title:Dog Anxiety – How to Deal With It
Anxiety in dogs can be caused by any number of things – illness, travel, thunderstorms, death in the family, separation, or they may develop unexplained phobic or neurotic behaviour, or barking or other antisocial behaviour.
If you can identify the cause of the anxiety, then the best solution to the problem is to remove the cause.
This is not always possible, though. If your dog is experiencing separation anxiety every time you leave the house, and you work full time outside the home, you’ve got a problem! I suppose you could give up work and stay home with your dog, but sometimes we need to be a little realistic!
For this particular problem there are a number of things you can do to alleviate your dog’s anxiety when you leave – many people have found that playing soothing music while they’re out works wonders.
Mozart? – that certainly used to calm my hyperactive son down a little, so Mozart would be my personal first choice, but there are many soothing classical and new age, or even some light rock or jazz music might work – try out whatever you have in your CD collection for starters.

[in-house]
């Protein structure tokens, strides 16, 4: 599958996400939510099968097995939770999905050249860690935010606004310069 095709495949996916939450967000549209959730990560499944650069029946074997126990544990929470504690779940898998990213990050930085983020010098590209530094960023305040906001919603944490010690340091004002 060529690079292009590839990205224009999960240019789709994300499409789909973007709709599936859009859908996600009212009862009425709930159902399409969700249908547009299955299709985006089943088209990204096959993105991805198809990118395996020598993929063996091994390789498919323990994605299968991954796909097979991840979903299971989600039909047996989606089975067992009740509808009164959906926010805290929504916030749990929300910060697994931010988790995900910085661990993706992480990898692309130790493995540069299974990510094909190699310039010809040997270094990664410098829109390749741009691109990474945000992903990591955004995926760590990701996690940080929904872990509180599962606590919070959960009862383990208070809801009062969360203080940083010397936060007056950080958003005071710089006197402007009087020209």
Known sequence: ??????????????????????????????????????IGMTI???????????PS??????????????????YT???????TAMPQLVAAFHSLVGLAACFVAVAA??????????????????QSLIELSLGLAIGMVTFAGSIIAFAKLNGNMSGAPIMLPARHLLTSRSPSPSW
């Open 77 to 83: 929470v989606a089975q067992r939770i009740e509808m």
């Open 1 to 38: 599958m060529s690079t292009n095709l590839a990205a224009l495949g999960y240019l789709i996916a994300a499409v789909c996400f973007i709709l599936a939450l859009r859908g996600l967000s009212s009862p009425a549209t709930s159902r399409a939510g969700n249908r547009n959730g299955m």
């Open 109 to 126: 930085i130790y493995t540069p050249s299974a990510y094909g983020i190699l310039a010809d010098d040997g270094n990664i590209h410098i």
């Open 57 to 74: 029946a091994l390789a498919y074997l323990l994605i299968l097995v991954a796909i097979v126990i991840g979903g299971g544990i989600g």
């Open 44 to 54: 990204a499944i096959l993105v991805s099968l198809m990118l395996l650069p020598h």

Another wonderful idea I read about recently is making a tape recording of your own voice and playing that on a continuous play while you’re gone.
And there are certain homeopathic and herbal remedies which really do calm your dog. So those may well assist with your dog’s separation anxiety.
But what about dogs who are afraid of loud noises – my dog Kara has an irrational fear of thunderstorms, and fear of fireworks, and, well, actually, she’s scared of just about any loud noises. Many dogs are like this.
One New Year’s Eve when I was away, Kara dug her way under the house and escaped (due to being terrified of the fireworks which were going off). My neighbours had to pick her up from the pound the following morning. Apparently the dog catchers are out in force on New Year’s Eve because they round up many dogs and impound them! A nice little revenue booster for the local authorities. From memory it cost about $100 to get her back.
Anyway, I’ve found that peppermint oil applied to the pads of her paws has some calming effect. And a natural stress remedy also works very nicely.
Some years ago, before I became interested in natural remedies for dogs – actually it was following the fireworks incident – Kara became quite determined to continue escaping, for some reason. Once she realised she could get out, she just kept on trying. She was even destroying part of my house in her determination to try to get through the thick wooden boards I had put up to prevent further escapes. So I took her to the vet, as I was at a complete loss to know what to do with her. She was prescribed an anti-anxiety medication. This made Kara quite dopey, and seemed to take some of her personality away somehow. In other words, I suppose she appeared drugged. I didn’t like it at all.
Now I know that there are much more pleasant, all natural anxiety treatments for dogs, which have no nasty side effects. And they really do work just as well.
(c) 2005, Brigitte Smith, Healthy Happy Dogs